A new study suggests hyperactive young girls are more likely to get hooked on smoking, under-perform in school or jobs and gravitate towards mentally abusive relationships as adults.
The report, issued as a joint study by researchers from the Université de Montréal and the University College London (UCL) is published in the latest issue of the Archives of General Psychiatry.
Investigators followed 881 Canadian girls from the ages of six to 21 years to see how hyperactive or aggressive behavior in childhood could affect early adulthood. The research team found that one in 10 girls monitored showed high levels of hyperactive behavior. Another one in ten girls showed both high levels of hyperactive and physically aggressive behavior.
“Few studies have looked at the consequences of aggressive and hyperactive behavior in girls,” said UCL lead researcher, Nathalie Fontaine.
“This study shows that hyperactivity combined with aggressive behavior in girls as young as six years old may lead to greater problems with abusive relationships, lack of job prospects and teenage pregnancies.”
Girls with hyperactive behavior (restlessness, jumping up and down, a difficulty keeping still or fidgety), while girls exhibiting physical aggression (fighting, bullying, kicking, biting or hitting) were found to have a high risk of developing adjustment problems in adulthood.
The study also found that hyperactive or aggressive girls were more vulnerable to grow into smoking, psychologically abusive partners and poor performance in school. What’s more, females with both hyperactivity and physical aggression reported physical and psychological aggression towards their partner, along with early pregnancy and dependency on welfare.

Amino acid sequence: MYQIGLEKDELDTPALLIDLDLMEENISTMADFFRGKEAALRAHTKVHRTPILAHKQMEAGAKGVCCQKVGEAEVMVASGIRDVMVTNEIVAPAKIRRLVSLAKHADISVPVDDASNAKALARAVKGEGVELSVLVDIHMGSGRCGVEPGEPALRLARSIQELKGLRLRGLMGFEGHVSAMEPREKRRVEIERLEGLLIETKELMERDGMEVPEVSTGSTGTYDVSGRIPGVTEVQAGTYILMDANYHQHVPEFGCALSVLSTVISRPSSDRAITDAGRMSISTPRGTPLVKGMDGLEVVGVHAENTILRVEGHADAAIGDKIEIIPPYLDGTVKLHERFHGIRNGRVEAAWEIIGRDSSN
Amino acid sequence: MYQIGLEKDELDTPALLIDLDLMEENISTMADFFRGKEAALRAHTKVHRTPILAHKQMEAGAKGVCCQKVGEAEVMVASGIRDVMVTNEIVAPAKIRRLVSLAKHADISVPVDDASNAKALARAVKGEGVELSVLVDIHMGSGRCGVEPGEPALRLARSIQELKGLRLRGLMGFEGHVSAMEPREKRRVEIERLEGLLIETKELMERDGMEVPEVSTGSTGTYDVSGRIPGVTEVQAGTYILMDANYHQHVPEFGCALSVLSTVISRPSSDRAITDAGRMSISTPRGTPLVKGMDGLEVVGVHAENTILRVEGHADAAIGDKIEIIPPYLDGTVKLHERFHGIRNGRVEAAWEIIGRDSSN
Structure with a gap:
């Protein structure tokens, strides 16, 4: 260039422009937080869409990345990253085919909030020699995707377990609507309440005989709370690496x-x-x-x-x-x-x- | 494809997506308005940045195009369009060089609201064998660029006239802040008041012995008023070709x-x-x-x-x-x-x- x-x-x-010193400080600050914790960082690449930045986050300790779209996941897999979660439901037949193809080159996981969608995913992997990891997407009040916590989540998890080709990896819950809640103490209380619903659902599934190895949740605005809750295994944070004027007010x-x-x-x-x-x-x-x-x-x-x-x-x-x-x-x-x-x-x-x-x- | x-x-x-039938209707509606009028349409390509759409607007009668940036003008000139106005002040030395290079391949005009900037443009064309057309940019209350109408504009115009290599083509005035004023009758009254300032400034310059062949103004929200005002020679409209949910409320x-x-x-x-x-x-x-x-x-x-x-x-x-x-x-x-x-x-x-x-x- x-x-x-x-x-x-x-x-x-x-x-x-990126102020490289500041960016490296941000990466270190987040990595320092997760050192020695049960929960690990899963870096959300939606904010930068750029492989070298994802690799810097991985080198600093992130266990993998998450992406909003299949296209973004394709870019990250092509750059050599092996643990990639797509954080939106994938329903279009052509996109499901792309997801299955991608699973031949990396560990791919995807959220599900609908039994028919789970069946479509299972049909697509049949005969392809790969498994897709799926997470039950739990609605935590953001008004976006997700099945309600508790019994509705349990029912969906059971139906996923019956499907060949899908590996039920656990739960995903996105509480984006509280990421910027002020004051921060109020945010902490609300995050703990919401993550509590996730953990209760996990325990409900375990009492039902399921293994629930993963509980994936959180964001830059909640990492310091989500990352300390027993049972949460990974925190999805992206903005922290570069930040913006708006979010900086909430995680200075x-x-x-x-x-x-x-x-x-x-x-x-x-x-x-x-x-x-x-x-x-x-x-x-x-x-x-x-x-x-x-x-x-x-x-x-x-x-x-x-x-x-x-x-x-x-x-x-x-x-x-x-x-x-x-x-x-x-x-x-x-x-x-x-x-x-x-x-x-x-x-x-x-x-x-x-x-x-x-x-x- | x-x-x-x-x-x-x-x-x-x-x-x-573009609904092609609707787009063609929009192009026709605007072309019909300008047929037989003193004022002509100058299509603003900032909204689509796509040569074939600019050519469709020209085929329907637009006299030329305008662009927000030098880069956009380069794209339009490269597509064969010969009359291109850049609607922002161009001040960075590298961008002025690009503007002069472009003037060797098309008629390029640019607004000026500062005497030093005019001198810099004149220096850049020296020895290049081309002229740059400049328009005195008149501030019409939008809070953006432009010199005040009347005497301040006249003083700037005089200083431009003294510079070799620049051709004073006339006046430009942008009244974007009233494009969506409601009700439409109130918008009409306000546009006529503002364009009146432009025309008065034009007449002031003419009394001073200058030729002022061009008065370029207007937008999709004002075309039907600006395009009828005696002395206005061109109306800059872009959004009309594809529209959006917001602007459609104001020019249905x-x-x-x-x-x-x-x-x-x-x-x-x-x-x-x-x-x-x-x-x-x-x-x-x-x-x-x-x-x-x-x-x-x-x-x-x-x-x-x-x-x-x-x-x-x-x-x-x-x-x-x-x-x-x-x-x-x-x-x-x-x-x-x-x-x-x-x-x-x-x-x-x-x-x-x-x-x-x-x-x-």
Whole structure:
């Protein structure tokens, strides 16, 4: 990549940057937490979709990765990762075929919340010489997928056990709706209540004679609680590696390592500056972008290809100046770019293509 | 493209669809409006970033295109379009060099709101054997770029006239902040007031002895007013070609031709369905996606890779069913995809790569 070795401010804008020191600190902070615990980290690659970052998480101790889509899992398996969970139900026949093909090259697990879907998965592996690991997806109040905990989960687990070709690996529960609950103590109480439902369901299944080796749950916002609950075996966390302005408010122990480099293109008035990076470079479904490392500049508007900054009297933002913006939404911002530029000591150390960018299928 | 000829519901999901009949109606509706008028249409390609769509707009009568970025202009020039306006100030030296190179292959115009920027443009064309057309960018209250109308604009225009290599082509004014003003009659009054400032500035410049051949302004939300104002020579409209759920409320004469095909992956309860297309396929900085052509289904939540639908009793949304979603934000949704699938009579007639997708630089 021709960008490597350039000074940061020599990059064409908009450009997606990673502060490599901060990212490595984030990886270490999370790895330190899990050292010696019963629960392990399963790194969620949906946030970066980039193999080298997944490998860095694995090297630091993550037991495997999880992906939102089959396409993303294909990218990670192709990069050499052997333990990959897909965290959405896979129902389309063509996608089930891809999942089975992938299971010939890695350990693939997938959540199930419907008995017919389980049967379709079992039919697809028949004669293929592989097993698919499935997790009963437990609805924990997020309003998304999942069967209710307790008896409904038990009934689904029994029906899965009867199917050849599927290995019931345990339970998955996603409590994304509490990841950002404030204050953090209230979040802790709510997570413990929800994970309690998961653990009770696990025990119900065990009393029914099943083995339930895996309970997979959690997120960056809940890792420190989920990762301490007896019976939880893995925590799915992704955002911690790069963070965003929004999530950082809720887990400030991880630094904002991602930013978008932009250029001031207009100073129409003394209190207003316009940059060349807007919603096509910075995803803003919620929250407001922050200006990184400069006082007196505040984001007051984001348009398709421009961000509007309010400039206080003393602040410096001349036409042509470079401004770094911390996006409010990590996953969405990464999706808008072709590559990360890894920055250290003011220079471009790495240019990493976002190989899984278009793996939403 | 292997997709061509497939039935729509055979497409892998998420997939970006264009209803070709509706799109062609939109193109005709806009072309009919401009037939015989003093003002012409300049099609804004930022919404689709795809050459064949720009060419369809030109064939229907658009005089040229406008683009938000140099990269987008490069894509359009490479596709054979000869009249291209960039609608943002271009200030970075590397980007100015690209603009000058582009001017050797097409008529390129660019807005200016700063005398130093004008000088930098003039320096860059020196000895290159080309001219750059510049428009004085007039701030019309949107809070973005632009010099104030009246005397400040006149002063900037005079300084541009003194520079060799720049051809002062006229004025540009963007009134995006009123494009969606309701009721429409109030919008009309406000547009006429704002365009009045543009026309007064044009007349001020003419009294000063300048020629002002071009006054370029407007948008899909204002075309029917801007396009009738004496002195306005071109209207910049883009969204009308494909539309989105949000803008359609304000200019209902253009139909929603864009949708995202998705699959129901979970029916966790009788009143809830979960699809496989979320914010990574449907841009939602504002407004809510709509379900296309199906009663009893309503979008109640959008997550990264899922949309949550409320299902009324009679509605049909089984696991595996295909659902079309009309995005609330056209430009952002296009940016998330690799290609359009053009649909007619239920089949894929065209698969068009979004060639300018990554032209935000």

“Our study suggests that girls with chronic hyperactivity and physical aggression in childhood should be targeted by intensive prevention programs in elementary school, because they are more likely to have serious adjustment problems later in life,” cautioned Dr. Fontaine.
“Programs targeting only physical aggression may be missing a significant proportion of at-risk girls. In fact, our results suggest that targeting hyperactive behavior will include the vast majority of aggressive girls.”
Not all hyperactive and physically aggressive girls, however, grow up with serious adjustment problems, according to co-author Richard Tremblay, a professor of psychology, pediatrics and psychiatry and director of the Research Unit on Children’s Psycho-Social Maladjustment at the Université de Montréal and Sainte-Justine Hospital.
“We found that about 25 per cent of the girls with behavioral problems in childhood did not have adjustment problems in adulthood, although more than a quarter developed at least three adjustment problems,” Dr. Tremblay said, noting additional research is needed into related social aggression such as rumor spreading, peer group exclusion.
“We need to find what triggers aggression and how to prevent such behavioral problems.”
Source: University of Montreal